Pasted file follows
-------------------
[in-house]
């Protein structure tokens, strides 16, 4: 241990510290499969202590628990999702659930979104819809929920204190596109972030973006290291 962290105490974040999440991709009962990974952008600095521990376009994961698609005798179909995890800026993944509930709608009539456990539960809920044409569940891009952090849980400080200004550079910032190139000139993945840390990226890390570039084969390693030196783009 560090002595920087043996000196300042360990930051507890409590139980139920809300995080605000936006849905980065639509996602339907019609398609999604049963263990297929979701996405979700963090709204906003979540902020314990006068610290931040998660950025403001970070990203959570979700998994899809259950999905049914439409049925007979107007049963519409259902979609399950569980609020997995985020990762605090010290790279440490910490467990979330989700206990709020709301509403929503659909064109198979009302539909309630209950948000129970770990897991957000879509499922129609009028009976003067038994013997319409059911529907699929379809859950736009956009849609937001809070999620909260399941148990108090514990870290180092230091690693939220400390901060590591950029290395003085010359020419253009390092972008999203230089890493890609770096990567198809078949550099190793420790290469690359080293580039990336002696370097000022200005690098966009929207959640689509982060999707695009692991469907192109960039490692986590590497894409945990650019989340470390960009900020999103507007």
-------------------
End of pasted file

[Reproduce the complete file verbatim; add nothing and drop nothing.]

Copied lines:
[in-house]
């Protein structure tokens, strides 16, 4: 241990510290499969202590628990999702659930979104819809929920204190596109972030973006290291 962290105490974040999440991709009962990974952008600095521990376009994961698609005798179909995890800026993944509930709608009539456990539960809920044409569940891009952090849980400080200004550079910032190139000139993945840390990226890390570039084969390693030196783009 560090002595920087043996000196300042360990930051507890409590139980139920809300995080605000936006849905980065639509996602339907019609398609999604049963263990297929979701996405979700963090709204906003979540902020314990006068610290931040998660950025403001970070990203959570979700998994899809259950999905049914439409049925007979107007049963519409259902979609399950569980609020997995985020990762605090010290790279440490910490467990979330989700206990709020709301509403929503659909064109198979009302539909309630209950948000129970770990897991957000879509499922129609009028009976003067038994013997319409059911529907699929379809859950736009956009849609937001809070999620909260399941148990108090514990870290180092230091690693939220400390901060590591950029290395003085010359020419253009390092972008999203230089890493890609770096990567198809078949550099190793420790290469690359080293580039990336002696370097000022200005690098966009929207959640689509982060999707695009692991469907192109960039490692986590590497894409945990650019989340470390960009900020999103507007």